I.O.U: the debt threat and why we must defuse it by Noreena Hertz

Facile claims on debt that don't add up
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The Independent Culture

Noreena Hertz's follow-up to her anti-corporate tract, The Silent Takeover, is another pamphlet disguised as a book. It pretends to weigh up the details and evidence, but its tone implies that anyone who disagrees is stupid or bad. So I'd better stand up and be counted among the moral pygmies.

Noreena Hertz's follow-up to her anti-corporate tract, The Silent Takeover, is another pamphlet disguised as a book. It pretends to weigh up the details and evidence, but its tone implies that anyone who disagrees is stupid or bad. So I'd better stand up and be counted among the moral pygmies.

Actually, I support cancelling more of the debts owed by developing countries to institutions such as the International Monetary Fund. The current system for writing off the loans crippling some governments, especially in Africa, is too mean and cumbersome. But cancelling all debts owed by poor countries - the aim of this campaign bandwagon - is neither easy nor right. Nor are HIV/Aids, the loss of Amazon rainforests and terrorism caused by these debts, which is the facile claim Hertz makes.

It's alarming anybody might think debt cancellation would solve these problems, or even a simpler one such as the failure of some poor countries to achieve development. History in this field is littered with the wrecks of old panaceas. The idea that all "we" have to do is cancel unfair debts is as inadequate as any other idée fixe, whether aid or multinational investment.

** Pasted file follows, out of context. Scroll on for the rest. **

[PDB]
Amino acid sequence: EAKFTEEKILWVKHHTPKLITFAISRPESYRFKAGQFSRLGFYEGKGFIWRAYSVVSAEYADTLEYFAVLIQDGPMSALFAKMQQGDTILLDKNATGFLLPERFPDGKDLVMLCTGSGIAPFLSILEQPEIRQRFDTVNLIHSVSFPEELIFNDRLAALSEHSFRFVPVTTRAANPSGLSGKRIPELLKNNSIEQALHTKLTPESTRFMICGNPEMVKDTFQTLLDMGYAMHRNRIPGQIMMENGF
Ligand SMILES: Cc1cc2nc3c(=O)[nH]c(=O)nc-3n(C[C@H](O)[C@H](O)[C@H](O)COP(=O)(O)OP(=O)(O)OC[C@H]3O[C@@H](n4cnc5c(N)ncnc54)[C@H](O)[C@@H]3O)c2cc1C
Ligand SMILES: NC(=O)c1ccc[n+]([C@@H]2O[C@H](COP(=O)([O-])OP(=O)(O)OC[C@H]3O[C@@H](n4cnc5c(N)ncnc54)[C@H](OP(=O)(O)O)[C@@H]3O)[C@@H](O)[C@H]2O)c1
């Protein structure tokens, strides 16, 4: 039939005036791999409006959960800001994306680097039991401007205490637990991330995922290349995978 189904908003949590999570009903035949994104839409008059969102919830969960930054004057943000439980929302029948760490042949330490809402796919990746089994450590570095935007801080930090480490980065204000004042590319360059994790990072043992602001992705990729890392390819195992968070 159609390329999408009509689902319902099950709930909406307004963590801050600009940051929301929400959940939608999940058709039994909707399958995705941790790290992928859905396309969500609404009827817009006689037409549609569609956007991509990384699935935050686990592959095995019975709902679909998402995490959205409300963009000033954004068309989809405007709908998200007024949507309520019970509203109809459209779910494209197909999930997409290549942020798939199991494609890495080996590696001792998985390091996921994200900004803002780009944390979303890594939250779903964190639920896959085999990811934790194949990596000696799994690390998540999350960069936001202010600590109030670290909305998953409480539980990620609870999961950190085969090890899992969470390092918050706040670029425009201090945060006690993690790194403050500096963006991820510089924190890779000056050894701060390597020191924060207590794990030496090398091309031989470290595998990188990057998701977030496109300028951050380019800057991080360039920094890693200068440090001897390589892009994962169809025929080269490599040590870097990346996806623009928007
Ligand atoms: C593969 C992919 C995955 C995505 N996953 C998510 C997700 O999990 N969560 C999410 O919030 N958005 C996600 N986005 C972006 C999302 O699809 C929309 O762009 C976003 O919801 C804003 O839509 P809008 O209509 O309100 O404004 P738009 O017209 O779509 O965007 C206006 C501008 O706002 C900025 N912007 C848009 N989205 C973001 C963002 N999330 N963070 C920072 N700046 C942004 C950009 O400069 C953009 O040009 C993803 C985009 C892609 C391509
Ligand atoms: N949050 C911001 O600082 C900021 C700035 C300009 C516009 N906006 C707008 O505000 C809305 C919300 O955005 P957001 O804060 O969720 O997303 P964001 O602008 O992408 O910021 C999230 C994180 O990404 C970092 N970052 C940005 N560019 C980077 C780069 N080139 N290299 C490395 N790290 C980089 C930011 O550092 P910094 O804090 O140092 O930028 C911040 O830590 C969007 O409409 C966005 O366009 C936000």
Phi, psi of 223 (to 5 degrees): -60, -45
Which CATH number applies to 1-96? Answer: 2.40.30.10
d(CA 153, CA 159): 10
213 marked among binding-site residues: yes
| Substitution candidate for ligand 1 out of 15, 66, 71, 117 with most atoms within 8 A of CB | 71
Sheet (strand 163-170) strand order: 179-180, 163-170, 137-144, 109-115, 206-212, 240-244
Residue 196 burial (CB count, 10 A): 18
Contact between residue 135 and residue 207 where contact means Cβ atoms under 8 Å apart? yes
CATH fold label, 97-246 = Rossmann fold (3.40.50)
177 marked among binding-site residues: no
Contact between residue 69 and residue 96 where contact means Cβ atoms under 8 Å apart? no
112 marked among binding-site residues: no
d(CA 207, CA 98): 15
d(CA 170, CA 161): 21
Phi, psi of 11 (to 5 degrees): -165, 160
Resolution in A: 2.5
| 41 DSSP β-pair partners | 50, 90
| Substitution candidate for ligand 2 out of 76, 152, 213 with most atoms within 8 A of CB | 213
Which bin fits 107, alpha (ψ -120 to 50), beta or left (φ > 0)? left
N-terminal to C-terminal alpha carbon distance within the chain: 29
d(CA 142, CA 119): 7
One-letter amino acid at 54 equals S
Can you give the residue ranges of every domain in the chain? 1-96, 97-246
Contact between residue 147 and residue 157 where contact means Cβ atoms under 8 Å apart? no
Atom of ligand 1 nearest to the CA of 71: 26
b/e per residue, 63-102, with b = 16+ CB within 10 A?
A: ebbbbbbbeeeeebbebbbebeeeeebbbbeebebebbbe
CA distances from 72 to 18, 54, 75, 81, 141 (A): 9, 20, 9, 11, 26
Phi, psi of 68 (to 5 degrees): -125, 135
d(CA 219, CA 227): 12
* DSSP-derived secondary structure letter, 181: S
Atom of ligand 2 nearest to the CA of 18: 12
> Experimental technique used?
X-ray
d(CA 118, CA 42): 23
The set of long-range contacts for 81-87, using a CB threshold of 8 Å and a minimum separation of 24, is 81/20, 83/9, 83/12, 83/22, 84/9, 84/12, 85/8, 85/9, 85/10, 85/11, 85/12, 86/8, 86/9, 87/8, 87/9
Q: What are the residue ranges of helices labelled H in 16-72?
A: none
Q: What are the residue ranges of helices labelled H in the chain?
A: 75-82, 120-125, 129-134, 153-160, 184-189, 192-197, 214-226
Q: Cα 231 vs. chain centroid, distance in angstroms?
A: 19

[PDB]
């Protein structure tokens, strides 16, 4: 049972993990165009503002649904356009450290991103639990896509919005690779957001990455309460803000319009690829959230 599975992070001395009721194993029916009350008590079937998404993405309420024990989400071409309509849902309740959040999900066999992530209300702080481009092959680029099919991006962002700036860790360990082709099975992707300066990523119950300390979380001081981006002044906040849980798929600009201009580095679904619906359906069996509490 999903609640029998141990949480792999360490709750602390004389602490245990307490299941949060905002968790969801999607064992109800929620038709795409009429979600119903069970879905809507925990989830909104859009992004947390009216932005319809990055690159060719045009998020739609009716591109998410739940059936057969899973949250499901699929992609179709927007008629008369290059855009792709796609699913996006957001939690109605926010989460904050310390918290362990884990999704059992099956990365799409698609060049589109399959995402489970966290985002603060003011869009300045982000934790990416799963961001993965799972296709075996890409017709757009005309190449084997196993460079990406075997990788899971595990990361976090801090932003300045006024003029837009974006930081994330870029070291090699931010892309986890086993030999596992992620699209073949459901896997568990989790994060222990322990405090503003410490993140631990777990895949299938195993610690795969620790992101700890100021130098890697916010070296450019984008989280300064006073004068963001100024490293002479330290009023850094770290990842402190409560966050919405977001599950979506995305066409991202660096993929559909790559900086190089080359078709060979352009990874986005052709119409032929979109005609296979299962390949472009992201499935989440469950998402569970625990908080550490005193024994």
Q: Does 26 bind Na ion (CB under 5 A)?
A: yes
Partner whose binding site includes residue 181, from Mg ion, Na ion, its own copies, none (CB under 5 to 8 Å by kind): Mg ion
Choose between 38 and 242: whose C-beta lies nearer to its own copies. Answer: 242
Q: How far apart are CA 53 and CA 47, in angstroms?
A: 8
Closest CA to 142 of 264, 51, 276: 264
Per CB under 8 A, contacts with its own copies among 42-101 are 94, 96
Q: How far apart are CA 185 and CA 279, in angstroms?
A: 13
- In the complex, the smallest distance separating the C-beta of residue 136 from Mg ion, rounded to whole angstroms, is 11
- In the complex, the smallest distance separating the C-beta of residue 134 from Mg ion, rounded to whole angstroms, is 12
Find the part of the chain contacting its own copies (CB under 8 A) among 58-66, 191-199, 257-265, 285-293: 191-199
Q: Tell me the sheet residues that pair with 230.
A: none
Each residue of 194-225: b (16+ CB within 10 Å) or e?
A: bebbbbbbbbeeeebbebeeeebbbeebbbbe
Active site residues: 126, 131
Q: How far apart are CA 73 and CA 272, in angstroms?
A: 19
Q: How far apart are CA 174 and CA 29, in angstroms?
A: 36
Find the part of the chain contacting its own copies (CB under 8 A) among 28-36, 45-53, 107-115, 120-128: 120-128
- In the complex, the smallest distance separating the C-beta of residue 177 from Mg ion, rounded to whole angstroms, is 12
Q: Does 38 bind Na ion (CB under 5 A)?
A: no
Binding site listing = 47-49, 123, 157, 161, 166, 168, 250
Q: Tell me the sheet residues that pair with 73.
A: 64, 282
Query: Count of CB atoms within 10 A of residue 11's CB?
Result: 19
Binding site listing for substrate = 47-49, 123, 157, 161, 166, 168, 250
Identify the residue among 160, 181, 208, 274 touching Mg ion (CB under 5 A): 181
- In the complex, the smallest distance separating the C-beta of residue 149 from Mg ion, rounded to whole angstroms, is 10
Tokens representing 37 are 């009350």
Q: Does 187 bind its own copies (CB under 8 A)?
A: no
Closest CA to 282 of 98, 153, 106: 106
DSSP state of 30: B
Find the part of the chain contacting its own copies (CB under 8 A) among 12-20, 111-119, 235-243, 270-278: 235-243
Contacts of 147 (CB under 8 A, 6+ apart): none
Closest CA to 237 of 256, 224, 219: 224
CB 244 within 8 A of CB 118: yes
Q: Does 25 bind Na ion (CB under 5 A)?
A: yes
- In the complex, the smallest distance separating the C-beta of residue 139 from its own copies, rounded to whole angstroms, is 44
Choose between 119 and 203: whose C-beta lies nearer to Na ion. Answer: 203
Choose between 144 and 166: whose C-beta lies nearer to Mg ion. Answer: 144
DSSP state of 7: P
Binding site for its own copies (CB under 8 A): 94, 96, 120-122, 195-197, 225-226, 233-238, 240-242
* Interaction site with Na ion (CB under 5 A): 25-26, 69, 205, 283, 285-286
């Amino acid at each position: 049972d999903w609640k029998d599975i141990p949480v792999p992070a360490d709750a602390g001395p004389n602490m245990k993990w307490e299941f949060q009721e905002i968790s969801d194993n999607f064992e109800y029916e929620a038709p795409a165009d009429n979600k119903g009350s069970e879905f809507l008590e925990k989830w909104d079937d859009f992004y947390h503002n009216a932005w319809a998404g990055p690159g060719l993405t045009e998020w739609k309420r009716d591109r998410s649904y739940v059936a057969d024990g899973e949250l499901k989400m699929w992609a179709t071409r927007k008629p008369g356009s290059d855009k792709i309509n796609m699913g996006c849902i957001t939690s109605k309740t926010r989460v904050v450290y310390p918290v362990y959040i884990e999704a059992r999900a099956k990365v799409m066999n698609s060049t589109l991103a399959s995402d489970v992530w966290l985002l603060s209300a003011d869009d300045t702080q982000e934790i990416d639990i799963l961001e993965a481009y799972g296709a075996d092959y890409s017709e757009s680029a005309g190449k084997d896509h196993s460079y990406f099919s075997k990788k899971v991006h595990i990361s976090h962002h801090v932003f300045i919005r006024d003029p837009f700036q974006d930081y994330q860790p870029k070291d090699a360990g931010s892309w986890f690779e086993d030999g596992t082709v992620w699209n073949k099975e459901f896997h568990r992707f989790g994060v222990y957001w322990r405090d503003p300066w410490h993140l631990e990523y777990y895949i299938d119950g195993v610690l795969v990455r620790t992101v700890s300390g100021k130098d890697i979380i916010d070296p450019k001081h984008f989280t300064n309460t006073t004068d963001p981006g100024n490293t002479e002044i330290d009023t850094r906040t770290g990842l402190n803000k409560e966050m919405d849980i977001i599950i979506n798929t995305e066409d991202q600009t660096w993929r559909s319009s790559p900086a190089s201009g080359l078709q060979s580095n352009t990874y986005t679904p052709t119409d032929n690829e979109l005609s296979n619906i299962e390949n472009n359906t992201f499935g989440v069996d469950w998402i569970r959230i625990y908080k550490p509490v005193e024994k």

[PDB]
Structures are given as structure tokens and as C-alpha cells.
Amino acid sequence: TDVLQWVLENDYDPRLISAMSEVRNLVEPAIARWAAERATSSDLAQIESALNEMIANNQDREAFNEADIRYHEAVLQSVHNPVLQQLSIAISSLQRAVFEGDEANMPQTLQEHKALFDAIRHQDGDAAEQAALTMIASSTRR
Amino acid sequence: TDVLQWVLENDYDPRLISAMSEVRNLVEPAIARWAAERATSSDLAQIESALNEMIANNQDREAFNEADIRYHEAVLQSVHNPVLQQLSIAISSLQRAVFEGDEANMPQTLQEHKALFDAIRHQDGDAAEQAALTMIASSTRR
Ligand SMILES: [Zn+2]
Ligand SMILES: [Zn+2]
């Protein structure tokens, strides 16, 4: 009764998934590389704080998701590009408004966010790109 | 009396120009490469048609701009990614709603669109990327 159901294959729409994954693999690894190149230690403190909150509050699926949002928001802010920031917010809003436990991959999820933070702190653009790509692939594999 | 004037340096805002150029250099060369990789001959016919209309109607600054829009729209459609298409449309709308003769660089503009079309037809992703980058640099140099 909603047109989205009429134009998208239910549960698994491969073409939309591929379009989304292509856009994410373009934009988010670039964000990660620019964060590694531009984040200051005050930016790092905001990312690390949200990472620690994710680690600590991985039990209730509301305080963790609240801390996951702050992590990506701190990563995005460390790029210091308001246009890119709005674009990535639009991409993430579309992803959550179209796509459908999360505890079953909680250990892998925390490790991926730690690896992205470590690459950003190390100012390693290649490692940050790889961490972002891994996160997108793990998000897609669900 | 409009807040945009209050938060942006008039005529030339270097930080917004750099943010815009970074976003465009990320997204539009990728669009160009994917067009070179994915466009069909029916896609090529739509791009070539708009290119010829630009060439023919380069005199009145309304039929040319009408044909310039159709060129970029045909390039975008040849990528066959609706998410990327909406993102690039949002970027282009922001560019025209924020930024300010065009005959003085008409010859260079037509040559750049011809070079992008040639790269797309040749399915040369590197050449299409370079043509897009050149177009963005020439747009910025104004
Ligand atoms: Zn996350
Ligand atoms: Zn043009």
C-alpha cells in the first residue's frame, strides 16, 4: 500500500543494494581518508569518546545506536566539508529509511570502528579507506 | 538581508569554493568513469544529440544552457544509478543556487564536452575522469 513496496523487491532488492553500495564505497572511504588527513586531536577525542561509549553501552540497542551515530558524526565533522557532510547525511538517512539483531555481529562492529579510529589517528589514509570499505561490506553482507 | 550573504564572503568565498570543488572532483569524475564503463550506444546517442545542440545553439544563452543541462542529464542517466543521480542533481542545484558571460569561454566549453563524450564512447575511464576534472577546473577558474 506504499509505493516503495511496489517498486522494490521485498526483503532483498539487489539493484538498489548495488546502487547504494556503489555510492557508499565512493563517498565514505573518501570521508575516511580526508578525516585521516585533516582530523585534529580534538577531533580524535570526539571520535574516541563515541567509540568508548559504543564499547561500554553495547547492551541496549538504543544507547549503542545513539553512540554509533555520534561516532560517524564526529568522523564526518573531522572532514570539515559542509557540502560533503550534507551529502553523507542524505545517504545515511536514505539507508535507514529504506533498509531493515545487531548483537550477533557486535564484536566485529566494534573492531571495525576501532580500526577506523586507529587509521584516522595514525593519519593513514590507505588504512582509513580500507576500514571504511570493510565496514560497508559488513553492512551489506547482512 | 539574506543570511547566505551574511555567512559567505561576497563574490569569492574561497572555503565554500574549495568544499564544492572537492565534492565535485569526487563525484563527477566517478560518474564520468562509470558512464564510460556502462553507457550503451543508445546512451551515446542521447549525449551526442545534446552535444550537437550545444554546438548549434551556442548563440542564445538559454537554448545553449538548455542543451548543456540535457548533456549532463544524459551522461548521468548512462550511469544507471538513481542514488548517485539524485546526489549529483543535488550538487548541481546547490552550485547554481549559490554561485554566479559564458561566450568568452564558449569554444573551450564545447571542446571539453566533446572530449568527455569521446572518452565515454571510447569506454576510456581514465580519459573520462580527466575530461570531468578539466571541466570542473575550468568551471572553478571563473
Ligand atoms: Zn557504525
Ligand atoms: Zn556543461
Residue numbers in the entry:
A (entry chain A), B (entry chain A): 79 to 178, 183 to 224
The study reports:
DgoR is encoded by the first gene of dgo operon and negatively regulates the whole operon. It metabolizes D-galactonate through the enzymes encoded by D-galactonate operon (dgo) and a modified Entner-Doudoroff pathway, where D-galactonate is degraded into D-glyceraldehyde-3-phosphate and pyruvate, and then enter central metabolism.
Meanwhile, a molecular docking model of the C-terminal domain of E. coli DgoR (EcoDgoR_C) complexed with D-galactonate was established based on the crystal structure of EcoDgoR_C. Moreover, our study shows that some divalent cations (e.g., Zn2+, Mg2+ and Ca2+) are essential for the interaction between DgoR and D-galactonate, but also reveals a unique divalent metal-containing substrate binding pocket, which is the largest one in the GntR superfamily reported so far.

The debt burden became an acute problem after the end of the Cold War for two reasons, as Hertz rightly spells out. First, developing countries became less interesting to the great powers as pawns in international conflict. So the supply of loans shrank, and lenders started to grow squeamish about filling the private accounts of appalling characters such as President Mobutu of Zaire.

The second trigger was higher global interest rates adjusted for inflation. Before the late 1980s, high inflation meant the amount of debt to be repaid in future was worth steadily less in terms of the real resources it would take to pay. The switch to low inflation and high real rates meant the future of these economies was well and truly mortgaged.

In 1996, the rich countries came up with a package of debt relief: the Highly Indebted Poor Countries initiative. It was augmented in 1999, and should probably go further. However, there are trade-offs. The money to repay loanshas to come from taxpayers of rich countries. Britain's share might be roughly a penny on the basic rate of income tax for a decade. That's not impossible, but most taxpayers wouldn't rank it a high priority.

Paying off all debt would compete with increasing the amount of overseas aid. And it would funnel assistance to countries which did over-borrow when others were never so irresponsible. It's not that the "debt threat" is not a moral issue, but rather that moral issues are seldom simple ones. Ranting about the injustice of the world doesn't make the solutions easier.

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